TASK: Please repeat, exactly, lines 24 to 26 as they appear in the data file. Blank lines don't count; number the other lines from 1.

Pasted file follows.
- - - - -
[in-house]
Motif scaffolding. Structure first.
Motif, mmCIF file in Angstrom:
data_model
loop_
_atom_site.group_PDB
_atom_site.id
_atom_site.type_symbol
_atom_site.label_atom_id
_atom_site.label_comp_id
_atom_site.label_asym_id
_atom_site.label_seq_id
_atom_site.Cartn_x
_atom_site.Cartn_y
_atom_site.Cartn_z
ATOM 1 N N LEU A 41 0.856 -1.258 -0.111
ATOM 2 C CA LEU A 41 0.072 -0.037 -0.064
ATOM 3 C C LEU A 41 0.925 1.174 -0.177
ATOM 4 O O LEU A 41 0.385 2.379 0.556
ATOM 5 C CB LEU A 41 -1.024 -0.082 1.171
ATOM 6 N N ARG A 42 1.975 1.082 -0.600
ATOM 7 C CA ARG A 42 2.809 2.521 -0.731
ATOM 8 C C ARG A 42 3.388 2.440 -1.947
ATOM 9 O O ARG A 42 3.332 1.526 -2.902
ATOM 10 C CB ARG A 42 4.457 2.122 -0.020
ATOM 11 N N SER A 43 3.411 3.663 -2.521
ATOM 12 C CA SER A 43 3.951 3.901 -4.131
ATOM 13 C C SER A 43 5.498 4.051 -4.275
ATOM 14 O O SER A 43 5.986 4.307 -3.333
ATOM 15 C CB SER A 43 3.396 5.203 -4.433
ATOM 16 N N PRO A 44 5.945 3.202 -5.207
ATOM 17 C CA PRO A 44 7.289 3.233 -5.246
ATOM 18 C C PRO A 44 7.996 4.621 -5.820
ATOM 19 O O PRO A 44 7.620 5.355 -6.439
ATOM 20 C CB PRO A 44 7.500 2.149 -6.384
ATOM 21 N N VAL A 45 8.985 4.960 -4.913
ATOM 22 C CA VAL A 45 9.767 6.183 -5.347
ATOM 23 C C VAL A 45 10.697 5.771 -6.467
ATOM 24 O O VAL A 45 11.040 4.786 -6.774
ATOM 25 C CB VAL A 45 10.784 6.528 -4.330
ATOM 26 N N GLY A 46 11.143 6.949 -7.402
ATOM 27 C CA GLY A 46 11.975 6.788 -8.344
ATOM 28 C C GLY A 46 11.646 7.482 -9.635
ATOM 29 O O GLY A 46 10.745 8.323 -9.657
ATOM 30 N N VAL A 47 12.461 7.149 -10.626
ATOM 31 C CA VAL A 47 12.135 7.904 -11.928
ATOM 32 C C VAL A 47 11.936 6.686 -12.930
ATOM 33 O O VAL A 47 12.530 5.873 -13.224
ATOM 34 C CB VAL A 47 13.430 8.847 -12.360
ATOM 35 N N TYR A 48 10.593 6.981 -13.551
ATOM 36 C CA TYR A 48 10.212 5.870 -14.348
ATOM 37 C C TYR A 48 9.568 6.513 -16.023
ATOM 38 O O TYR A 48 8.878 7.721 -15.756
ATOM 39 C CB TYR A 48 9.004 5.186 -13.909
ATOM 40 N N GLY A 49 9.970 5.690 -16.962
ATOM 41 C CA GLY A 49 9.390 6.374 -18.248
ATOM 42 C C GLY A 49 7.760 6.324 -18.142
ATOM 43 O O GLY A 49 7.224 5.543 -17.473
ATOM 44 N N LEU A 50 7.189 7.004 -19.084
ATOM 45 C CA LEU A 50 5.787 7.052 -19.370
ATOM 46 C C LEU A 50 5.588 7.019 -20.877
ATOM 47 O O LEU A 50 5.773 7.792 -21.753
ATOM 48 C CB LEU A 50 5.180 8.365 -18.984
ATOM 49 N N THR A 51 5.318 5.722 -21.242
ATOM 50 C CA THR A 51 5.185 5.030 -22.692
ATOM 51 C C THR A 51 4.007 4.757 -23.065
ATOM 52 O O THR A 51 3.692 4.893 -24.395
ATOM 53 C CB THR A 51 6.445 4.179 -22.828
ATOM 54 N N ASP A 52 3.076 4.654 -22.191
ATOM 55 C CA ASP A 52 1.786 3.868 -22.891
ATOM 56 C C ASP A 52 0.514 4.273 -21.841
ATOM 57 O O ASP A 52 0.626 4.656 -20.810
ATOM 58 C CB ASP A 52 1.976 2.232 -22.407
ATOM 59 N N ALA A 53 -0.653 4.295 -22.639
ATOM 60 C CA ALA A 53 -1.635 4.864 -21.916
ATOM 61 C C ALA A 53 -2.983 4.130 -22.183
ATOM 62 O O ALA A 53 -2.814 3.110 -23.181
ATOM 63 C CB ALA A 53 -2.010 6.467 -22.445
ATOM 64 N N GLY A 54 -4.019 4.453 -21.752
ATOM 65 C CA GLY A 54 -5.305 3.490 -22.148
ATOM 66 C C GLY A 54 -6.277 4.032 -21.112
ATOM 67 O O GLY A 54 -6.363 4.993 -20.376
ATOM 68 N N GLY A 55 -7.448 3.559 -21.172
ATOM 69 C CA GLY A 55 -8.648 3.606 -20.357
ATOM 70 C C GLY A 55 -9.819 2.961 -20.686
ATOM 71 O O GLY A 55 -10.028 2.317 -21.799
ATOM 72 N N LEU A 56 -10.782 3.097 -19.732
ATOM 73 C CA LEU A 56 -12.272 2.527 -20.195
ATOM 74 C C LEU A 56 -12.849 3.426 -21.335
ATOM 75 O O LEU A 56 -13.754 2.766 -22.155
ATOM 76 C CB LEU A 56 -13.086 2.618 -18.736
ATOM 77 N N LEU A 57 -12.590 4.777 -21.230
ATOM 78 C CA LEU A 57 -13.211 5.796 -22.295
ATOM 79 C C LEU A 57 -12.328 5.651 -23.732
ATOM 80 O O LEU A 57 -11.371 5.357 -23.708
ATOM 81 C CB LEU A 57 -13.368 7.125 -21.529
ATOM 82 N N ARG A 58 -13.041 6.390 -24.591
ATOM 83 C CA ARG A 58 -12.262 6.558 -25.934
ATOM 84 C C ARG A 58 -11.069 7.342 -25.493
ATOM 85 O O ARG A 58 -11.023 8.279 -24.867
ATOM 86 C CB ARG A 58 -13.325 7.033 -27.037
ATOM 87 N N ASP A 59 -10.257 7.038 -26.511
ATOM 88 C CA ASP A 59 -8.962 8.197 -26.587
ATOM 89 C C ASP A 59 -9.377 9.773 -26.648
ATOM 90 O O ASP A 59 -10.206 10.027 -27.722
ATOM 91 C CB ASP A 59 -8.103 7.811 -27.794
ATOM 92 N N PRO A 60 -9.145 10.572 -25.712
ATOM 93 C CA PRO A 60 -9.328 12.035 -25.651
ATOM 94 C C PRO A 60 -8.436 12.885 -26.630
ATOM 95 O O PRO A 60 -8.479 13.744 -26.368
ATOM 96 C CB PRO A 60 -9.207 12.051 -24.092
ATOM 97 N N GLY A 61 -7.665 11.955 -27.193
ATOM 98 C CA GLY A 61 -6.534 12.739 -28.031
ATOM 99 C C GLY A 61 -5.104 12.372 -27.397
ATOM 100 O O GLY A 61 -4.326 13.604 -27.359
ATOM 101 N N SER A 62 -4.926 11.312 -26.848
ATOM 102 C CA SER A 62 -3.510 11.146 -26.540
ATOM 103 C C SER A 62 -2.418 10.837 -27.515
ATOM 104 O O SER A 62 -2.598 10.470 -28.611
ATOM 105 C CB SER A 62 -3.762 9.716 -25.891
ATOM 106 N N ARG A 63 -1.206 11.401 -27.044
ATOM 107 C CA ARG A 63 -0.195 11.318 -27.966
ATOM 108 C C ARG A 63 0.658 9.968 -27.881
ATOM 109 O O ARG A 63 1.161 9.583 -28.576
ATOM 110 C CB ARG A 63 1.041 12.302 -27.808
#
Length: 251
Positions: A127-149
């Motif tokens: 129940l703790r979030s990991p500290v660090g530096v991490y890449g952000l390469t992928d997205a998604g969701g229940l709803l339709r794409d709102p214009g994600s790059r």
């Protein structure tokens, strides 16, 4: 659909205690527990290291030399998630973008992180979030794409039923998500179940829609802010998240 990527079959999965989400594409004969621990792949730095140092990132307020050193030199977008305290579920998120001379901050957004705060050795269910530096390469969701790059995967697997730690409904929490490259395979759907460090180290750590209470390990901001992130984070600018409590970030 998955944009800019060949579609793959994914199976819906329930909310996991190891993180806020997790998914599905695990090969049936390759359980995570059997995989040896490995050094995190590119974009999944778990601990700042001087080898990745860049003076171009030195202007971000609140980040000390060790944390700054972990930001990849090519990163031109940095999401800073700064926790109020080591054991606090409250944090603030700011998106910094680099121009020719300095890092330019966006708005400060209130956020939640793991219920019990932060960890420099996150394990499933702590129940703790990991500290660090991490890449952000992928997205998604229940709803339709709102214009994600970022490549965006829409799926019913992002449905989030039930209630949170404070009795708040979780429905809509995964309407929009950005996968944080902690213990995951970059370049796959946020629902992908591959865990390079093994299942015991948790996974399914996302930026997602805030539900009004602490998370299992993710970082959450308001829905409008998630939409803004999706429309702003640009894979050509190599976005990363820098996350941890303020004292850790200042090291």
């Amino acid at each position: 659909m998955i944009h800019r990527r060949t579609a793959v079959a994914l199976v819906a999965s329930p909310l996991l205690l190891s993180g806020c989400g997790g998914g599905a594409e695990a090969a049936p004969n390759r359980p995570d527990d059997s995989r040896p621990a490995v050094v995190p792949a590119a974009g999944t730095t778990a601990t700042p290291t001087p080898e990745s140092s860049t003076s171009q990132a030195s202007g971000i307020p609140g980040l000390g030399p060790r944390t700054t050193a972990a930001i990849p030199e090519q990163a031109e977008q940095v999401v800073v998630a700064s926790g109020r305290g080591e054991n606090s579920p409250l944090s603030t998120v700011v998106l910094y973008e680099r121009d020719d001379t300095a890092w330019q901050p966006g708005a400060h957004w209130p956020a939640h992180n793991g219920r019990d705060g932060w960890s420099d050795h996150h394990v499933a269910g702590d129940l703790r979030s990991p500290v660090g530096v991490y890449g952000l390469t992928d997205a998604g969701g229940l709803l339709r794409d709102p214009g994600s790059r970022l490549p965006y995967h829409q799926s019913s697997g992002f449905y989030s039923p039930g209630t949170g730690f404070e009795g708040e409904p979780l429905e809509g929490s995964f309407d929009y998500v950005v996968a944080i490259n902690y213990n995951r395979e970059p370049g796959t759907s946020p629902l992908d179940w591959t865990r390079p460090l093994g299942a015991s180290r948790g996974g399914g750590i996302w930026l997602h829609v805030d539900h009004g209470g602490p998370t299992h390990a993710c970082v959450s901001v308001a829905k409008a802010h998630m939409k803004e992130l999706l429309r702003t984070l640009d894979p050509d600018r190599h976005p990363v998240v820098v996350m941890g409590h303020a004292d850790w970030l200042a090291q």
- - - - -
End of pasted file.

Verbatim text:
ATOM 9 O O ARG A 42 3.332 1.526 -2.902
ATOM 10 C CB ARG A 42 4.457 2.122 -0.020
ATOM 11 N N SER A 43 3.411 3.663 -2.521